Efforts to prevent and counter violent extremism have increasingly sought to engage youth, communities, and marginalized groups, including women, with the intent to address some of the underlying grievances and conditions that can create an enabling environment for extremist groups to generate support and recruits. Sports, arts, and culture offer much-underutilized platforms to address some of these conditions and help develop resonant and effective counternarratives to reflect local and regional dynamics. As the 2015 U.S. National Security Strategy notes, in the long term, such efforts “will be more important than our capacity to remove terrorists from the battlefield.”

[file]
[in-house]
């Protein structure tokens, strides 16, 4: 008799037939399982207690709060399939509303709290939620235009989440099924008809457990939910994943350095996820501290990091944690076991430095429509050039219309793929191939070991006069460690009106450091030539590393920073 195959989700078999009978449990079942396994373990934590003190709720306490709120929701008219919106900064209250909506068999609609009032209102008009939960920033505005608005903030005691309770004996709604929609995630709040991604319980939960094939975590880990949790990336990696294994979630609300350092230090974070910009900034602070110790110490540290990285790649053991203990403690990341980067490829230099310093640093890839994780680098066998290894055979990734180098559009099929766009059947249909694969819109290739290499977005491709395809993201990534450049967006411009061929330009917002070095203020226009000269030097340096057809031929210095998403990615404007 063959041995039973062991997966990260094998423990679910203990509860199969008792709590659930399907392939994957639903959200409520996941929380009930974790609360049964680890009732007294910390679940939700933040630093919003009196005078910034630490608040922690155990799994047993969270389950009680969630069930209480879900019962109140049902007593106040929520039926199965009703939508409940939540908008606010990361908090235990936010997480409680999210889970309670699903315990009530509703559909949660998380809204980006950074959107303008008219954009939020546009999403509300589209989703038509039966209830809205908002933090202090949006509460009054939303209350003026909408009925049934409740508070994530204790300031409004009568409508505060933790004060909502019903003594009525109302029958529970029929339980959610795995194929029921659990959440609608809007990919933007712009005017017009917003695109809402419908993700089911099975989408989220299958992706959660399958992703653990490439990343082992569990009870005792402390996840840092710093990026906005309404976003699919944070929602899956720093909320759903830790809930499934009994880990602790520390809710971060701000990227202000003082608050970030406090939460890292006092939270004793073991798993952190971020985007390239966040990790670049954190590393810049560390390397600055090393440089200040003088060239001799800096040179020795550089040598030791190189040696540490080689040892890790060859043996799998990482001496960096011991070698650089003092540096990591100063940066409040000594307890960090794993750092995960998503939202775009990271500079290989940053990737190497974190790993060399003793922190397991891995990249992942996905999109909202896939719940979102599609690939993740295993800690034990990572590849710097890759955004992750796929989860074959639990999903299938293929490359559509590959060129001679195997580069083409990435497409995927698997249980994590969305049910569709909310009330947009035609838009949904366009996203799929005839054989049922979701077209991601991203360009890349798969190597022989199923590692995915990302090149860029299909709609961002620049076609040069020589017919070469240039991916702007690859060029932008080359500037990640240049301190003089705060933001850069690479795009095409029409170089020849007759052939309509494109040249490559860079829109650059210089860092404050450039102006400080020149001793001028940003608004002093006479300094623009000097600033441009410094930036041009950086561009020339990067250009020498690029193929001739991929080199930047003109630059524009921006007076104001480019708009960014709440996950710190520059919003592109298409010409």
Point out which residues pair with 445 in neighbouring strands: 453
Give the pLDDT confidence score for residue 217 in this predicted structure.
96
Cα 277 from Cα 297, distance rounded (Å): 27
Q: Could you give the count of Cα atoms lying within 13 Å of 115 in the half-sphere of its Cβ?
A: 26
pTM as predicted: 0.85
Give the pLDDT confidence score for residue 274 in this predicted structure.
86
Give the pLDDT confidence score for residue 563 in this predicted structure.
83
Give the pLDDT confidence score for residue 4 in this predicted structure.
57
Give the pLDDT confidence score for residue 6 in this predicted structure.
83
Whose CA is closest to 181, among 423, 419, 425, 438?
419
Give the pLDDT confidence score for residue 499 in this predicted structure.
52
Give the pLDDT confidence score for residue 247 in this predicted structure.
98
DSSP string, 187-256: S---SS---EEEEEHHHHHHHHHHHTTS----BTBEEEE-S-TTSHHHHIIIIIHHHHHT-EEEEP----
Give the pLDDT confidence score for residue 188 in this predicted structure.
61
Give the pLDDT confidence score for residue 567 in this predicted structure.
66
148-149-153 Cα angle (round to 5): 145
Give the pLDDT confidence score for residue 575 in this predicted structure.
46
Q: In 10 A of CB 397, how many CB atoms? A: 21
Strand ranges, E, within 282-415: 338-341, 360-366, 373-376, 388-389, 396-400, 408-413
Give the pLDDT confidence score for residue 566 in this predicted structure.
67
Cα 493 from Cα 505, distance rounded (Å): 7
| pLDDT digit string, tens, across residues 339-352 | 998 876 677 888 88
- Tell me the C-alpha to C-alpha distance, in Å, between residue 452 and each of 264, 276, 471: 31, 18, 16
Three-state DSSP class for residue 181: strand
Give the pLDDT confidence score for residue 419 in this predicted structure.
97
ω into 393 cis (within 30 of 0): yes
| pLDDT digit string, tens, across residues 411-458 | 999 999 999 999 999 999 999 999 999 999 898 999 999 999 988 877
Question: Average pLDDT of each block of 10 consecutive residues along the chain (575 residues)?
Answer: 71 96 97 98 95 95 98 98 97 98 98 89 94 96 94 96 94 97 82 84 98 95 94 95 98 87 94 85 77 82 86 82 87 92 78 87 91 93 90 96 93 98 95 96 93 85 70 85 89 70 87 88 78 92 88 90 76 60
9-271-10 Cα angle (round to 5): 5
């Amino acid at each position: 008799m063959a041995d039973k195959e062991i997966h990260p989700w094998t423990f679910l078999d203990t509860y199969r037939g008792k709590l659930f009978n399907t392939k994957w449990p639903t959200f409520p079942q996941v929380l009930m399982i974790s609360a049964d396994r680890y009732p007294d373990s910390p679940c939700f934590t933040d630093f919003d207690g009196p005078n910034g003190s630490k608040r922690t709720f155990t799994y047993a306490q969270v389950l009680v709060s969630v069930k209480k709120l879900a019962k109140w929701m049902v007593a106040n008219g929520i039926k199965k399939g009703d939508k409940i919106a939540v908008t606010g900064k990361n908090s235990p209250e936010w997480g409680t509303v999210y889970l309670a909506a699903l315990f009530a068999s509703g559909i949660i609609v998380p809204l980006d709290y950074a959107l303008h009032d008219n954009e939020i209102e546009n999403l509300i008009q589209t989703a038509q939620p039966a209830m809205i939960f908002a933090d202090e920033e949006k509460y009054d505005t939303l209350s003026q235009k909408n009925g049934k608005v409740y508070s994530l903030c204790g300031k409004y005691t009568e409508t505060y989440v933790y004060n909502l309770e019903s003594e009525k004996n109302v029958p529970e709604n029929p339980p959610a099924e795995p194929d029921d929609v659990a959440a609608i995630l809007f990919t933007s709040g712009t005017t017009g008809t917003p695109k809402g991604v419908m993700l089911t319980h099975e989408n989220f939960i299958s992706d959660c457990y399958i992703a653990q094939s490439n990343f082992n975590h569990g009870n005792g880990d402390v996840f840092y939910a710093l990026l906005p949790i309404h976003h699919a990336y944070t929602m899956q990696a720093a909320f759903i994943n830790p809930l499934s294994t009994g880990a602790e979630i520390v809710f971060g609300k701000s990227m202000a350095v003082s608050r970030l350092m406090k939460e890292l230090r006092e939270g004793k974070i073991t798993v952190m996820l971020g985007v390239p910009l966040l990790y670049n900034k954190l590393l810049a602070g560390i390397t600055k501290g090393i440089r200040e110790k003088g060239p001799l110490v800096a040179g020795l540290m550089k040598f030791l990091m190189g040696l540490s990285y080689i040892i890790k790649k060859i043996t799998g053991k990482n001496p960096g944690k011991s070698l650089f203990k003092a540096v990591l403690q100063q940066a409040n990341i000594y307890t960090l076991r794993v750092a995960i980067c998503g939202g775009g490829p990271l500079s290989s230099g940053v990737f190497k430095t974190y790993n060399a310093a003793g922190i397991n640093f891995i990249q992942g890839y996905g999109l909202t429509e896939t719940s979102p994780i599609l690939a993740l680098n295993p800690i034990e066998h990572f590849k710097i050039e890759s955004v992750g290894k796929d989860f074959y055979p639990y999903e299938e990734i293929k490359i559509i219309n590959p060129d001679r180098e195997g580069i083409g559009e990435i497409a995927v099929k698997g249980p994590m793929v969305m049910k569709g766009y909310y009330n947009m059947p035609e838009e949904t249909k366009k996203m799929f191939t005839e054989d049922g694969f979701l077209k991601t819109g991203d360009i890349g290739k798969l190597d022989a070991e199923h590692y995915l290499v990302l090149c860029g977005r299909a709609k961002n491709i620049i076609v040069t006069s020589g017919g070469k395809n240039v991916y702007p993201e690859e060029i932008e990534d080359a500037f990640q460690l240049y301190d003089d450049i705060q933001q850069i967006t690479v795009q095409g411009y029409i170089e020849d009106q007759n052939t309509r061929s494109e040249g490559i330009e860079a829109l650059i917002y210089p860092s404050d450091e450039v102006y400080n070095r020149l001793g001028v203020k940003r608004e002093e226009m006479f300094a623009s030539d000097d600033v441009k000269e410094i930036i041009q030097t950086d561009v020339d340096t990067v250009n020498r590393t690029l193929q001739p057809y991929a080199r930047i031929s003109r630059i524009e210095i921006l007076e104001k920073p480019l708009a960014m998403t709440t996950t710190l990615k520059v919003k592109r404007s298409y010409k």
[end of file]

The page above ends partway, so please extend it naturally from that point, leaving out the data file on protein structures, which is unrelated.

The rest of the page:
This brief explores the history of cultural diplomacy and use of sports in conflict situations; examines relevant lessons learned and good practices that can inform the integration of sports, arts, and culture into countering violent extremism (CVE) efforts; and offers practical recommendations for policymakers and practitioners in the CVE field. The brief draws on desk research, discussions with practitioners and policymakers, and discussions at a workshop on the topic co-hosted by the Global Center and Hedayah in May 2014.

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